Why? Because I went from a closet writer to an author. Sure, it’s still an uphill battle but I’m doing something I love and having a blast in the process. When I think of all I’ve accomplished, I’m astounded. And humbled.

Love letter

This is my timeline:

02/11: Submitted WEATHERING ROCK to Lyrical Press for publication consideration

02/18: Made my first blog post with much trepidation. Such a greenhorn!

02/29: Received acceptance and contract from Lyrical. Did the happy dance (okay, I needed to be peeled from the ceiling)

02/29: Joined Facebook and set up an author page. *gulp* A huge step for a life-long introvert

03/03: Joined Twitter completely clueless about what I was doing. It’s now my second favorite social media outlet after blogging.

03/25: Blundered my way through my first Six Sentence Sunday post. I thought I could only have six sentences total, post and all (don’t laugh). Good thing I made so many great SSS friends to show me the ropes.

March: At some point during this month I joined Goodreads. Clueless again but it sounded like a place I wanted to hang out. Good move on my part. :)

04/05: Invited to join Triberr. Muddled through the initial set-up, shrieking and pulling my hair out until I made sense of what I was doing. It is now an invaluable resource I couldn’t imagine being without.

05/11: Bravely *shaking in my shoes* wrote my first post for my publisher’s blog. Happy to report I survived.

05/29: Created and posted a book trailer for WEATHERING ROCK. Oooh, a new toy to play with. Spontaneous Snoopy dancing.

06/19: Received the Stylish Blogger Award (my first blog award) from my good friend, L.J. Kentowski. Postively giddy.

June: Finish second draft of MYTH AND MAGIC (contemporary mystery/romance) but realize I need to shuffle plot lines around. Overly theaterical Muse throws a tizzy. Thankfully, it is short-lived and we confer on a new strategy.


06/29: Interviewed as an author for the first time by Savannah Rayne. Moi? Nervous and excited. A no-caffeine-needed day.

07/01-07/04: New experience! My first blog hop, the Celebrating Independence Blog Hop with Drea Becraft. Had a blast and learned a lot.

07/07: I resurrect an unfinished manuscript, TWELFTH SUN (contemporary mystery/romance) and my Muse cooperates. We work well when she isn’t being a diva.

07/16: Wrote my first Mythical Monday post: Walking with Werewolves. It’s since become one of my favorite blog topics.

07/20:  My first “Wizards with Words” post (then called “Author Spotlight”) with Savannah Rayne.  My first time interviewing another author. I liked it! :)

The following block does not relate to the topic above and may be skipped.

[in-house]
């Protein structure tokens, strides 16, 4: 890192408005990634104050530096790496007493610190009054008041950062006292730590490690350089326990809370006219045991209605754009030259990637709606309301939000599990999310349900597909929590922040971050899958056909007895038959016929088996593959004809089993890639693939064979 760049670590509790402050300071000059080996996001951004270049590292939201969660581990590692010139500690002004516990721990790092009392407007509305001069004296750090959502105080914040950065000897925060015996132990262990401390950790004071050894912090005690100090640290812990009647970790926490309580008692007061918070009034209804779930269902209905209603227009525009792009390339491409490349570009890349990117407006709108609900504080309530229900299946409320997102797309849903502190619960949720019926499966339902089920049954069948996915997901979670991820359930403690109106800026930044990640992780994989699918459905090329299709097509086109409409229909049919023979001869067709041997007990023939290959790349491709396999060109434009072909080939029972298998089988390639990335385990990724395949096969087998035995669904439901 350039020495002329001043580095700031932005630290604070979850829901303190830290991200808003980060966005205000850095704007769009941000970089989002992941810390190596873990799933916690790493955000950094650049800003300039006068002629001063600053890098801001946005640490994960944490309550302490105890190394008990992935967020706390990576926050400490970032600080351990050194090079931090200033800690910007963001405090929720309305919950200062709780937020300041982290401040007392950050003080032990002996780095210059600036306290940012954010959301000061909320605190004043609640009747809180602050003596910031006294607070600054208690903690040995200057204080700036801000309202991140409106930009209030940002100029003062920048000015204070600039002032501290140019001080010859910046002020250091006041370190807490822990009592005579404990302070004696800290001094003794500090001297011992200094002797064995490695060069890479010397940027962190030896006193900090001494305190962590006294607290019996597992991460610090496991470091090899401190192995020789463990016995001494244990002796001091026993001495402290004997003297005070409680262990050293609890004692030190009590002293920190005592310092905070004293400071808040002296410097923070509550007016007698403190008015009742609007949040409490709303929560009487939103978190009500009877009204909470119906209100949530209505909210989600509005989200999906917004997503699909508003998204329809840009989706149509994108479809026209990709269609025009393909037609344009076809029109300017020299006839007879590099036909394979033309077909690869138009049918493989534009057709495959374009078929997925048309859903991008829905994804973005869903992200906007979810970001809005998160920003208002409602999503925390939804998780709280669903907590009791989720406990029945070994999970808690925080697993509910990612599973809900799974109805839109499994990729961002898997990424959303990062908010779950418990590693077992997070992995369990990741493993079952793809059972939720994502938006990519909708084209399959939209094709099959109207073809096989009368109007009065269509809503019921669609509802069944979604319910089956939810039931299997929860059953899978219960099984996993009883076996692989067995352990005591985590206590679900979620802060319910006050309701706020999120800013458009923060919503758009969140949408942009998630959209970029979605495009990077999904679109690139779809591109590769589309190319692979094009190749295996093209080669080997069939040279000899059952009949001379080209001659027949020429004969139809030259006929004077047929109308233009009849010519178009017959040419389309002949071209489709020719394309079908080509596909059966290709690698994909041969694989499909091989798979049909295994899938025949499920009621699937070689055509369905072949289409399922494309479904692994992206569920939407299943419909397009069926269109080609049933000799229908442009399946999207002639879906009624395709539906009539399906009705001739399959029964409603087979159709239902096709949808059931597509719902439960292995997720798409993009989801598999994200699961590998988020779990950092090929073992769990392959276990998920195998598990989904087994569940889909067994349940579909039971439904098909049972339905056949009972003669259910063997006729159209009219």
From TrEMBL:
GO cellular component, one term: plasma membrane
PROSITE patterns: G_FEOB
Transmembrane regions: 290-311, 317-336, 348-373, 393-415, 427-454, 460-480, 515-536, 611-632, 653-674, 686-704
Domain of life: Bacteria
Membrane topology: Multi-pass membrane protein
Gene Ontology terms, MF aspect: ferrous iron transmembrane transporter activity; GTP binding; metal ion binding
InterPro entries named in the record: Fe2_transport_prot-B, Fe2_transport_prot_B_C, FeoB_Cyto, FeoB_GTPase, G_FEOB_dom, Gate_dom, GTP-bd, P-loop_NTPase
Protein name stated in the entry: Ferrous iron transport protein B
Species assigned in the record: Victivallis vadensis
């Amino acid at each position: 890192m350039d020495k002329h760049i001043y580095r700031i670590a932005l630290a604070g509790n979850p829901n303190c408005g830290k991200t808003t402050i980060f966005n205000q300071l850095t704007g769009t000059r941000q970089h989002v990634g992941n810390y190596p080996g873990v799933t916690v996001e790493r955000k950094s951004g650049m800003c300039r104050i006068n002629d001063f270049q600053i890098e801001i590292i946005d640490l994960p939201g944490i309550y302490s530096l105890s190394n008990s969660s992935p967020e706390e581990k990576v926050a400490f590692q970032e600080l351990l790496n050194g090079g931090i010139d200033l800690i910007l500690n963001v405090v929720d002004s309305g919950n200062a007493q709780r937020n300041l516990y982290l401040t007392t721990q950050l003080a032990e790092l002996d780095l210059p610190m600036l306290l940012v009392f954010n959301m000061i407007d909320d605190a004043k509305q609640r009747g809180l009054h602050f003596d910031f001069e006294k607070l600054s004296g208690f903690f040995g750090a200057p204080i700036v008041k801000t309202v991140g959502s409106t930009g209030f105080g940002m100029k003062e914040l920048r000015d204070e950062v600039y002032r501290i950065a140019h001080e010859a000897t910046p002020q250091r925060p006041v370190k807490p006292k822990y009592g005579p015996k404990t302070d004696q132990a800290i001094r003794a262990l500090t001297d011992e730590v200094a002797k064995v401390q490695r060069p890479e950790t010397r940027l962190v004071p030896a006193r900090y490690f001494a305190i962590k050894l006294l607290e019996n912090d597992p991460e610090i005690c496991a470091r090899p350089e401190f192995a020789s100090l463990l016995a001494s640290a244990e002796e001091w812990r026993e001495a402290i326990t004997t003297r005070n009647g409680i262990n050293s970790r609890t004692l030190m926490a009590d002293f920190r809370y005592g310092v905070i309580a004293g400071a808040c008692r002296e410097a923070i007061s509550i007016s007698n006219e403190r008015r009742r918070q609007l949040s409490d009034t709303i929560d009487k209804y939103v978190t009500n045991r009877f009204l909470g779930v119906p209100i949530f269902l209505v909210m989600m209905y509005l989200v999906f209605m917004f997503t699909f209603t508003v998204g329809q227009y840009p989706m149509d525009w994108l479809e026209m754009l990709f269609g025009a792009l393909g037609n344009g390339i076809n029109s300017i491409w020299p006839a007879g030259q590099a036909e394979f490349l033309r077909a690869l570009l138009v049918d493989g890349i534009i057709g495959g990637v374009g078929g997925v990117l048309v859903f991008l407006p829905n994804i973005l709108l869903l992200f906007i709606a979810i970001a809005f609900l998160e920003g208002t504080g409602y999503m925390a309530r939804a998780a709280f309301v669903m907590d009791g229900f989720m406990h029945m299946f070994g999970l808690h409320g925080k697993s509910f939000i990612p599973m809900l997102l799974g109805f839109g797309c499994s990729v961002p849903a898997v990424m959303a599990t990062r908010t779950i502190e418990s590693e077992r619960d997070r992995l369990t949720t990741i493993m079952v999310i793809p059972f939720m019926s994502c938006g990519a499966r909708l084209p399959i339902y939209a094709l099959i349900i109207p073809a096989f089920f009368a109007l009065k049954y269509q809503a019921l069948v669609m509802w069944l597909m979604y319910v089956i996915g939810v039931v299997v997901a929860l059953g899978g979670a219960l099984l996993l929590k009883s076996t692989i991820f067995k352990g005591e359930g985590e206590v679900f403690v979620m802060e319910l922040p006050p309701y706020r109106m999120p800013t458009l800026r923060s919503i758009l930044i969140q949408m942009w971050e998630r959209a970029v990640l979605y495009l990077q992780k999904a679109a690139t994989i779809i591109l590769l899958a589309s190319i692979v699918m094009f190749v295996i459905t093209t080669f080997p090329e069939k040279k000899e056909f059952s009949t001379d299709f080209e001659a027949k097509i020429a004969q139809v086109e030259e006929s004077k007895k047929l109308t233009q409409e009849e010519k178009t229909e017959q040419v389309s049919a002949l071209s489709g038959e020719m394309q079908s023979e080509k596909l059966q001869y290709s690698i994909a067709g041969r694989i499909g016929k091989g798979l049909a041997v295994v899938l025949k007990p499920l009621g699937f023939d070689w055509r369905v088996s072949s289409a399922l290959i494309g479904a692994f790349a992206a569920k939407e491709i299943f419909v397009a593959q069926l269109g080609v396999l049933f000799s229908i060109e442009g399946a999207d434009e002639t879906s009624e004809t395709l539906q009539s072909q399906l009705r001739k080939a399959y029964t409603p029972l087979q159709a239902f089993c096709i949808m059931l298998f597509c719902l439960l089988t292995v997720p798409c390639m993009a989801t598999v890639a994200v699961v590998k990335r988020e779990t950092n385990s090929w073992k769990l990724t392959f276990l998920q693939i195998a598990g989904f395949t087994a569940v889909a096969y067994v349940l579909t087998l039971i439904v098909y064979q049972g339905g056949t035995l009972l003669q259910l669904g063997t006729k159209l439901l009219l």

08/27: Submitted TWELFTH SUN to my editor at Lyrical Press for consideration. Pins and needles time while I wait.

09/02: Start sequel to WEATHERING ROCK. Tentative title: BLUE ENCHANTMENT.

09/05:  Wizards with Words is born. My first Wizard post goes live with guest, Jennifer Lowery, discussing her Lyrical Press release, HARD CORE.

09/20: Receive and sign contract for TWELFTH SUN. I’m a two book author! :D Anticipated release from Lyrical Press, August 2013.

09/21: I become a tour partner for BUY THE BOOK TOURS.

09/27: Several booksellers, including Amazon, release WEATHERING ROCK earlier than expected. It’s official. I’m an author. And scrambling.

10/08: WEATHERING ROCK’s official release day arrives. Worked so hard to get here! Celebration!

10/09: My two-month WEATHERING ROCK blog tour kicks off.

10/12: My first review shows up on Amazon. Excited! Excited! Excited!

10/18: I connect with two wonderful critique partners. My writing life is starting to feel complete.

10/25: I’m invited to become a weekly contributing blogger at VENTURE GALLERIES and make my first post.

11/01:  My first BUY THE BOOK TOUR post. I love being part of the author community!

11/03: While working on BLUE ENCHANTMENT I decide to resurrect an inspirational mystery/ romance called JONAH’S PRAYER

11/06: JONAH’S PRAYER becomes THE SECRET OF ECLIPSE LAKE and the inspirational angle is dropped. Lots of changes to enhance and strengthen the story. It is now a full blown mystery/romance with emphasis on family drama. I’m jazzed! Love these characters!

12/07: WEATHERING ROCK is a Silver Finalist in the monthly Chapter One contest hosted by author, Cheryl Bradshaw. SQUEEE!

12/26-01/02:  Post Christmas Blog Tour for WEATHERING ROCK. 

What an amazing, wondrous, exhausting, wouldn’t-trade-it-for-anything trip it’s been. 2012 has been a magical year. I pray it has been every bit as enchanted for you.

bluejacketcrop2To all my wonderful new author and reader friends, long-time supporters, the folks at Lyrical Press, and everyone who lent a hand along the way…thank you for being part of my journey.

I couldn’t have done it without you!